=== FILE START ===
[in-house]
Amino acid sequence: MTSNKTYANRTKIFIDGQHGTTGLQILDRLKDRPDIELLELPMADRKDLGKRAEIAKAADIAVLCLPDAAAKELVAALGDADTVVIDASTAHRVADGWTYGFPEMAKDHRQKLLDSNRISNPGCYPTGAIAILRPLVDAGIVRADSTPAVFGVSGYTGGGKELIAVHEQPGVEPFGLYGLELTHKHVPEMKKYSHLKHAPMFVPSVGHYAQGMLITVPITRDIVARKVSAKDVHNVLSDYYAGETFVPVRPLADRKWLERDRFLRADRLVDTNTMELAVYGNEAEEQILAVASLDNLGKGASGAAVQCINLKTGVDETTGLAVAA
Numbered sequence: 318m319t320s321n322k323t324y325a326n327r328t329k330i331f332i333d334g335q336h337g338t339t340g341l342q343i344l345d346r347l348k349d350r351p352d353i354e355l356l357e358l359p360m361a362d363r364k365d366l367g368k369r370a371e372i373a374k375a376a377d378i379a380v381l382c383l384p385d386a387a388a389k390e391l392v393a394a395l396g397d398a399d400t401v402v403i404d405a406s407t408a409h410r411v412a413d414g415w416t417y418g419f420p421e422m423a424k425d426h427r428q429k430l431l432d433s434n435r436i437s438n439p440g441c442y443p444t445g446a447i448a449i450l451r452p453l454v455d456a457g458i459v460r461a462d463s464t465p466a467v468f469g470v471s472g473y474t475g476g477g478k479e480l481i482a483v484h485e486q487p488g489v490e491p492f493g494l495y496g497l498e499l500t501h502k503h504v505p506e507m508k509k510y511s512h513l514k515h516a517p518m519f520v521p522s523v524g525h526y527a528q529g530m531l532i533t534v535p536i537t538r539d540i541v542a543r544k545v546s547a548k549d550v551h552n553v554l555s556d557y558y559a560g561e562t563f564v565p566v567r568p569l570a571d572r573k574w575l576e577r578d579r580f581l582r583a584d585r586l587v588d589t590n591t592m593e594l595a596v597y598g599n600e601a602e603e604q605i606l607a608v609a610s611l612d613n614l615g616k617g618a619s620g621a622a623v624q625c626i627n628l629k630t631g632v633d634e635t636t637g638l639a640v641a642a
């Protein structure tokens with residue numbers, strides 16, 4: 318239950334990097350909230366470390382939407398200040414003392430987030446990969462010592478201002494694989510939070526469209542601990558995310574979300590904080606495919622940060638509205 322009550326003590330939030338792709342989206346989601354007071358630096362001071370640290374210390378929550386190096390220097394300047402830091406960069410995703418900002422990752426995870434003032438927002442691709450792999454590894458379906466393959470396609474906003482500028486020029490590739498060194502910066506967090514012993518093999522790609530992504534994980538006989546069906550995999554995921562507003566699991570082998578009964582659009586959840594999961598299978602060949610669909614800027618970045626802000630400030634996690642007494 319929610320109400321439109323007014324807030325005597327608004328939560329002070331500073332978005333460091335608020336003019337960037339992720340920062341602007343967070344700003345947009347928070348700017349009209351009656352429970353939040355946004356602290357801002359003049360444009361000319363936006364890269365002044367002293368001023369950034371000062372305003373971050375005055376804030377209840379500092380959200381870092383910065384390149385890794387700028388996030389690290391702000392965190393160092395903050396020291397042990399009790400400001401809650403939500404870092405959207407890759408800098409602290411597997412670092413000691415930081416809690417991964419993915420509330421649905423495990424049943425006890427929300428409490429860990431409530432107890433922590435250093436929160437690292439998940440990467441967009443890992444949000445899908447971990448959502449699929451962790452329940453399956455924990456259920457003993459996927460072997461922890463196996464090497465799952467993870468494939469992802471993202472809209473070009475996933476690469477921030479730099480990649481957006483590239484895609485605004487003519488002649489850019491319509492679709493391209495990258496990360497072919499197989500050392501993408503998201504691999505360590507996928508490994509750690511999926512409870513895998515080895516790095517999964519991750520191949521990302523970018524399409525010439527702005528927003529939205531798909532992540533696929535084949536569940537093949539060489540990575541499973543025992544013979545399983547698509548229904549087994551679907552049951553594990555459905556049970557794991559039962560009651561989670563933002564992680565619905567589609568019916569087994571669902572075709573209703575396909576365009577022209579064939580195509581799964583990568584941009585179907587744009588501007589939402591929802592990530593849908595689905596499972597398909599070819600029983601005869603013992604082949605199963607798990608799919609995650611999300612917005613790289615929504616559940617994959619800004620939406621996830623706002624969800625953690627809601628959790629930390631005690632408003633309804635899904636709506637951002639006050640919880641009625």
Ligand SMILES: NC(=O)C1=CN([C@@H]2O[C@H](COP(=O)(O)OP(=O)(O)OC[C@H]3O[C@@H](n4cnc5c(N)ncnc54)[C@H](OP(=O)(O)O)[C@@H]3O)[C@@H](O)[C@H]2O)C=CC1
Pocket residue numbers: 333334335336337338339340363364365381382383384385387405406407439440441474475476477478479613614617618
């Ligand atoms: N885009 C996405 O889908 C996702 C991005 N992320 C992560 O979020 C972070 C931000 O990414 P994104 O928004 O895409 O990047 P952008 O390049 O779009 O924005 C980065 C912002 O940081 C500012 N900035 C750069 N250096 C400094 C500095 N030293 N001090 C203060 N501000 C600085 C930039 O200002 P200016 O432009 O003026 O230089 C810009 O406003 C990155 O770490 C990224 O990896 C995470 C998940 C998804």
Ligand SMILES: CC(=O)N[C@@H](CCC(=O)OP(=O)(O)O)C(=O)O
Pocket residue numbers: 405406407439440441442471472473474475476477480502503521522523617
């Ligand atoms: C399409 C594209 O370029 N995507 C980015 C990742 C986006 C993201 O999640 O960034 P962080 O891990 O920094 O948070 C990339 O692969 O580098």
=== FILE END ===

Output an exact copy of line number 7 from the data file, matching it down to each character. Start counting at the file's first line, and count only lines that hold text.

């Ligand atoms: N885009 C996405 O889908 C996702 C991005 N992320 C992560 O979020 C972070 C931000 O990414 P994104 O928004 O895409 O990047 P952008 O390049 O779009 O924005 C980065 C912002 O940081 C500012 N900035 C750069 N250096 C400094 C500095 N030293 N001090 C203060 N501000 C600085 C930039 O200002 P200016 O432009 O003026 O230089 C810009 O406003 C990155 O770490 C990224 O990896 C995470 C998940 C998804």